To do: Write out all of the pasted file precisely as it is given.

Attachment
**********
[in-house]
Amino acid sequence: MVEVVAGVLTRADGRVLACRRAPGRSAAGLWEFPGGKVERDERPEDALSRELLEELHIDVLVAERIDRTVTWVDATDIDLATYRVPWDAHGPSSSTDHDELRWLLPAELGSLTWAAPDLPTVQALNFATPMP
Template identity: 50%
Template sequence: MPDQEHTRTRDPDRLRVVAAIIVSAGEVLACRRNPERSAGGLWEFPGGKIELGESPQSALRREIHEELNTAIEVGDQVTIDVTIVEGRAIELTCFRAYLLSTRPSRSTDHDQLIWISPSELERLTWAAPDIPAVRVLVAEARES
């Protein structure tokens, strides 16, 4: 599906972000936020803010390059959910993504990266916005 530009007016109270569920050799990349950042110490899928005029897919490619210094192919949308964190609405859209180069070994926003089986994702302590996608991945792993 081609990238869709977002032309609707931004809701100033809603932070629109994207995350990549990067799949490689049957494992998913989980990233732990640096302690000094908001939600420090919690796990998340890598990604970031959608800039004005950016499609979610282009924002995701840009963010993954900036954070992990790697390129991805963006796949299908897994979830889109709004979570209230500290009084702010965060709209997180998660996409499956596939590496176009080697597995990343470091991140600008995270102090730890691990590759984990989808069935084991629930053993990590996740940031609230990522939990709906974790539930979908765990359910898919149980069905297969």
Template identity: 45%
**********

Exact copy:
[in-house]
Amino acid sequence: MVEVVAGVLTRADGRVLACRRAPGRSAAGLWEFPGGKVERDERPEDALSRELLEELHIDVLVAERIDRTVTWVDATDIDLATYRVPWDAHGPSSSTDHDELRWLLPAELGSLTWAAPDLPTVQALNFATPMP
Template identity: 50%
Template sequence: MPDQEHTRTRDPDRLRVVAAIIVSAGEVLACRRNPERSAGGLWEFPGGKIELGESPQSALRREIHEELNTAIEVGDQVTIDVTIVEGRAIELTCFRAYLLSTRPSRSTDHDQLIWISPSELERLTWAAPDIPAVRVLVAEARES
């Protein structure tokens, strides 16, 4: 599906972000936020803010390059959910993504990266916005 530009007016109270569920050799990349950042110490899928005029897919490619210094192919949308964190609405859209180069070994926003089986994702302590996608991945792993 081609990238869709977002032309609707931004809701100033809603932070629109994207995350990549990067799949490689049957494992998913989980990233732990640096302690000094908001939600420090919690796990998340890598990604970031959608800039004005950016499609979610282009924002995701840009963010993954900036954070992990790697390129991805963006796949299908897994979830889109709004979570209230500290009084702010965060709209997180998660996409499956596939590496176009080697597995990343470091991140600008995270102090730890691990590759984990989808069935084991629930053993990590996740940031609230990522939990709906974790539930979908765990359910898919149980069905297969």
Template identity: 45%